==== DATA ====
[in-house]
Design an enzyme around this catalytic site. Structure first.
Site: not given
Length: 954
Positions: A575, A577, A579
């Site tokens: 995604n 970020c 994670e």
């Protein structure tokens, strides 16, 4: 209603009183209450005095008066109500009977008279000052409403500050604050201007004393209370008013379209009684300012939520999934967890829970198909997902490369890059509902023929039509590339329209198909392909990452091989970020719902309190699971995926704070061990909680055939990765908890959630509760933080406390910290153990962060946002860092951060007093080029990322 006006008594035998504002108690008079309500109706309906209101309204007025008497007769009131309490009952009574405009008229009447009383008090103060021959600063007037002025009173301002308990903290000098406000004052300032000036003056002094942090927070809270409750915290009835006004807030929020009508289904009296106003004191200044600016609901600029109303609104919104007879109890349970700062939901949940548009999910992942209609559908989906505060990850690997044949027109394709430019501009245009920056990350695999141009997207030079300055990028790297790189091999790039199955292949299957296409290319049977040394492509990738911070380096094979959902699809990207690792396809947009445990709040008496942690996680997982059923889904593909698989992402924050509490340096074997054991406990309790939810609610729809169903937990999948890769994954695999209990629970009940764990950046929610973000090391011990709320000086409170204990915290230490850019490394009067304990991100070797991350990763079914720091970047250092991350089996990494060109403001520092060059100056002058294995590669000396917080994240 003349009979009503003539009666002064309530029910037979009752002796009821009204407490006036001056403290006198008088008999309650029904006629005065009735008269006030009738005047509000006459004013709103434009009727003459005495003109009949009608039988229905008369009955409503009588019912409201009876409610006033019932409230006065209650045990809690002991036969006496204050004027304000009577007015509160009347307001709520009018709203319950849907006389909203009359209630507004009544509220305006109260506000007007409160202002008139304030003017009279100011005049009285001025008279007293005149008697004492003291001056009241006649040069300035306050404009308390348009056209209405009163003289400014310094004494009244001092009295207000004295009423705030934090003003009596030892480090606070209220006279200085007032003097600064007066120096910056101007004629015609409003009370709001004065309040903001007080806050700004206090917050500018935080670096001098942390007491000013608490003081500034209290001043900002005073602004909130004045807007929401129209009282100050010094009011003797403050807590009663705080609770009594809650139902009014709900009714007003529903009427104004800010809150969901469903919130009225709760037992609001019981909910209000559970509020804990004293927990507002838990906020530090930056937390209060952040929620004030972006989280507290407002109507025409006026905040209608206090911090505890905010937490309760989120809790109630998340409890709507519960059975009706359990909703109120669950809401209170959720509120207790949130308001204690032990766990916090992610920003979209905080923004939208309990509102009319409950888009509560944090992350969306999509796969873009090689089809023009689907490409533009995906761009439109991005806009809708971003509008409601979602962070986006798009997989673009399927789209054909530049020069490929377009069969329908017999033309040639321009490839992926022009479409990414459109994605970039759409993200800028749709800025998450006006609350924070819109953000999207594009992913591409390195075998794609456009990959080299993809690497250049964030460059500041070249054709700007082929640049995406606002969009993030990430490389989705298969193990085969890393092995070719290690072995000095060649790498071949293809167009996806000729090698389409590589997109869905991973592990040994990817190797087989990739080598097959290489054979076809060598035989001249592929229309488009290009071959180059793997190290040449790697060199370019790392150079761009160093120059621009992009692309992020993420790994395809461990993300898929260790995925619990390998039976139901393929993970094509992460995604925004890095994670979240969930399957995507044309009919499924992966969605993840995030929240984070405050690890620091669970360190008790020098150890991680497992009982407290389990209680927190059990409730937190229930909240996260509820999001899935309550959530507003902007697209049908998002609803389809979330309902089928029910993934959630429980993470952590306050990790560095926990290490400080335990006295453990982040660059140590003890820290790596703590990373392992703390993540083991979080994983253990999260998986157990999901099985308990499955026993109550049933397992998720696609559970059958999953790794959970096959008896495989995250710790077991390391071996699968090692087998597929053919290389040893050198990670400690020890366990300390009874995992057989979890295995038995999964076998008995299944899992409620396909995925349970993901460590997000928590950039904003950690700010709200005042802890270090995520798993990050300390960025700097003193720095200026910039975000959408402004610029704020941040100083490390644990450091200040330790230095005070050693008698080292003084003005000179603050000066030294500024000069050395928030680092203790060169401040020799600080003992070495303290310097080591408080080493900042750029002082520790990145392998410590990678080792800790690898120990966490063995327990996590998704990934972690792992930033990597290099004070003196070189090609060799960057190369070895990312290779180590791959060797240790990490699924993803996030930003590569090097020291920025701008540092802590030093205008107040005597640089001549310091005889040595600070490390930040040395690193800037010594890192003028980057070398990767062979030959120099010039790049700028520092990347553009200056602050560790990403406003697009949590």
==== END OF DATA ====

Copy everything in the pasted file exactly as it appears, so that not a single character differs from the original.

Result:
[in-house]
Design an enzyme around this catalytic site. Structure first.
Site: not given
Length: 954
Positions: A575, A577, A579
């Site tokens: 995604n 970020c 994670e």
């Protein structure tokens, strides 16, 4: 209603009183209450005095008066109500009977008279000052409403500050604050201007004393209370008013379209009684300012939520999934967890829970198909997902490369890059509902023929039509590339329209198909392909990452091989970020719902309190699971995926704070061990909680055939990765908890959630509760933080406390910290153990962060946002860092951060007093080029990322 006006008594035998504002108690008079309500109706309906209101309204007025008497007769009131309490009952009574405009008229009447009383008090103060021959600063007037002025009173301002308990903290000098406000004052300032000036003056002094942090927070809270409750915290009835006004807030929020009508289904009296106003004191200044600016609901600029109303609104919104007879109890349970700062939901949940548009999910992942209609559908989906505060990850690997044949027109394709430019501009245009920056990350695999141009997207030079300055990028790297790189091999790039199955292949299957296409290319049977040394492509990738911070380096094979959902699809990207690792396809947009445990709040008496942690996680997982059923889904593909698989992402924050509490340096074997054991406990309790939810609610729809169903937990999948890769994954695999209990629970009940764990950046929610973000090391011990709320000086409170204990915290230490850019490394009067304990991100070797991350990763079914720091970047250092991350089996990494060109403001520092060059100056002058294995590669000396917080994240 003349009979009503003539009666002064309530029910037979009752002796009821009204407490006036001056403290006198008088008999309650029904006629005065009735008269006030009738005047509000006459004013709103434009009727003459005495003109009949009608039988229905008369009955409503009588019912409201009876409610006033019932409230006065209650045990809690002991036969006496204050004027304000009577007015509160009347307001709520009018709203319950849907006389909203009359209630507004009544509220305006109260506000007007409160202002008139304030003017009279100011005049009285001025008279007293005149008697004492003291001056009241006649040069300035306050404009308390348009056209209405009163003289400014310094004494009244001092009295207000004295009423705030934090003003009596030892480090606070209220006279200085007032003097600064007066120096910056101007004629015609409003009370709001004065309040903001007080806050700004206090917050500018935080670096001098942390007491000013608490003081500034209290001043900002005073602004909130004045807007929401129209009282100050010094009011003797403050807590009663705080609770009594809650139902009014709900009714007003529903009427104004800010809150969901469903919130009225709760037992609001019981909910209000559970509020804990004293927990507002838990906020530090930056937390209060952040929620004030972006989280507290407002109507025409006026905040209608206090911090505890905010937490309760989120809790109630998340409890709507519960059975009706359990909703109120669950809401209170959720509120207790949130308001204690032990766990916090992610920003979209905080923004939208309990509102009319409950888009509560944090992350969306999509796969873009090689089809023009689907490409533009995906761009439109991005806009809708971003509008409601979602962070986006798009997989673009399927789209054909530049020069490929377009069969329908017999033309040639321009490839992926022009479409990414459109994605970039759409993200800028749709800025998450006006609350924070819109953000999207594009992913591409390195075998794609456009990959080299993809690497250049964030460059500041070249054709700007082929640049995406606002969009993030990430490389989705298969193990085969890393092995070719290690072995000095060649790498071949293809167009996806000729090698389409590589997109869905991973592990040994990817190797087989990739080598097959290489054979076809060598035989001249592929229309488009290009071959180059793997190290040449790697060199370019790392150079761009160093120059621009992009692309992020993420790994395809461990993300898929260790995925619990390998039976139901393929993970094509992460995604925004890095994670979240969930399957995507044309009919499924992966969605993840995030929240984070405050690890620091669970360190008790020098150890991680497992009982407290389990209680927190059990409730937190229930909240996260509820999001899935309550959530507003902007697209049908998002609803389809979330309902089928029910993934959630429980993470952590306050990790560095926990290490400080335990006295453990982040660059140590003890820290790596703590990373392992703390993540083991979080994983253990999260998986157990999901099985308990499955026993109550049933397992998720696609559970059958999953790794959970096959008896495989995250710790077991390391071996699968090692087998597929053919290389040893050198990670400690020890366990300390009874995992057989979890295995038995999964076998008995299944899992409620396909995925349970993901460590997000928590950039904003950690700010709200005042802890270090995520798993990050300390960025700097003193720095200026910039975000959408402004610029704020941040100083490390644990450091200040330790230095005070050693008698080292003084003005000179603050000066030294500024000069050395928030680092203790060169401040020799600080003992070495303290310097080591408080080493900042750029002082520790990145392998410590990678080792800790690898120990966490063995327990996590998704990934972690792992930033990597290099004070003196070189090609060799960057190369070895990312290779180590791959060797240790990490699924993803996030930003590569090097020291920025701008540092802590030093205008107040005597640089001549310091005889040595600070490390930040040395690193800037010594890192003028980057070398990767062979030959120099010039790049700028520092990347553009200056602050560790990403406003697009949590």